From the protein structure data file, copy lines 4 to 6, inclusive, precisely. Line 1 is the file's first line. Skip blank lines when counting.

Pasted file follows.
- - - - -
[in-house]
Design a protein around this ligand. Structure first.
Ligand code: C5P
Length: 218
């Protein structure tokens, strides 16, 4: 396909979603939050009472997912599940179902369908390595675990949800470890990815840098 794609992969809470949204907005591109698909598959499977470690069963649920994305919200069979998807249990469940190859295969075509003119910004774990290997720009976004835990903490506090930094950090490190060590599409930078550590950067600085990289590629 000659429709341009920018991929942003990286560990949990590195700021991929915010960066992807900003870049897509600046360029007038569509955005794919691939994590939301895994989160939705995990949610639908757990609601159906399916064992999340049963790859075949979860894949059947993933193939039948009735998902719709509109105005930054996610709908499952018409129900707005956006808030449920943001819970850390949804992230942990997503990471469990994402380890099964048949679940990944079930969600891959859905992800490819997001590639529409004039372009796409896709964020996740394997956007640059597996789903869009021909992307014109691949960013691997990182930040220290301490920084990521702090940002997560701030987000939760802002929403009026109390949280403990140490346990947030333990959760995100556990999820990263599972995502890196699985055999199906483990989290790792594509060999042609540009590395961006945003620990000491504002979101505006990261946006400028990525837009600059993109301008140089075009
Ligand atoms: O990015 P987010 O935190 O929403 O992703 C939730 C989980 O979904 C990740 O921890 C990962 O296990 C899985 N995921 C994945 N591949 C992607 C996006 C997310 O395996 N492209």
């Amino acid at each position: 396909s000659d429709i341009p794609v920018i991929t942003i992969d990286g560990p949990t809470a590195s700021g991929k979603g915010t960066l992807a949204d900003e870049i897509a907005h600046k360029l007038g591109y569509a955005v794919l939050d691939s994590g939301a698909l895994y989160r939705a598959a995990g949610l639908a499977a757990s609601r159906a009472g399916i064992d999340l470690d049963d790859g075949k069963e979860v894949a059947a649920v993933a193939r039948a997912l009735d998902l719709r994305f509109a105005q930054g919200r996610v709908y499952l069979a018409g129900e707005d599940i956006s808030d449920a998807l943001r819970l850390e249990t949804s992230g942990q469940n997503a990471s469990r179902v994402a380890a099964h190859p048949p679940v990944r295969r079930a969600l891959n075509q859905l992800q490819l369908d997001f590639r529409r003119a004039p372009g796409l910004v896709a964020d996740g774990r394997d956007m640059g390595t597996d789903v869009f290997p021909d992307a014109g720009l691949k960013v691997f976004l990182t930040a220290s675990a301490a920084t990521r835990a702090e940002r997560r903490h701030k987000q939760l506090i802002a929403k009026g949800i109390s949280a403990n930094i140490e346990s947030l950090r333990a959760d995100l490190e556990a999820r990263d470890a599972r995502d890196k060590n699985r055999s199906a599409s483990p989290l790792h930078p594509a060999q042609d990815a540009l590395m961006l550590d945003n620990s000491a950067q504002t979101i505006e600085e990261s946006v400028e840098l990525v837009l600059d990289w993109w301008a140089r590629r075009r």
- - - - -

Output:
Length: 218
């Protein structure tokens, strides 16, 4: 396909979603939050009472997912599940179902369908390595675990949800470890990815840098 794609992969809470949204907005591109698909598959499977470690069963649920994305919200069979998807249990469940190859295969075509003119910004774990290997720009976004835990903490506090930094950090490190060590599409930078550590950067600085990289590629 000659429709341009920018991929942003990286560990949990590195700021991929915010960066992807900003870049897509600046360029007038569509955005794919691939994590939301895994989160939705995990949610639908757990609601159906399916064992999340049963790859075949979860894949059947993933193939039948009735998902719709509109105005930054996610709908499952018409129900707005956006808030449920943001819970850390949804992230942990997503990471469990994402380890099964048949679940990944079930969600891959859905992800490819997001590639529409004039372009796409896709964020996740394997956007640059597996789903869009021909992307014109691949960013691997990182930040220290301490920084990521702090940002997560701030987000939760802002929403009026109390949280403990140490346990947030333990959760995100556990999820990263599972995502890196699985055999199906483990989290790792594509060999042609540009590395961006945003620990000491504002979101505006990261946006400028990525837009600059993109301008140089075009
Ligand atoms: O990015 P987010 O935190 O929403 O992703 C939730 C989980 O979904 C990740 O921890 C990962 O296990 C899985 N995921 C994945 N591949 C992607 C996006 C997310 O395996 N492209």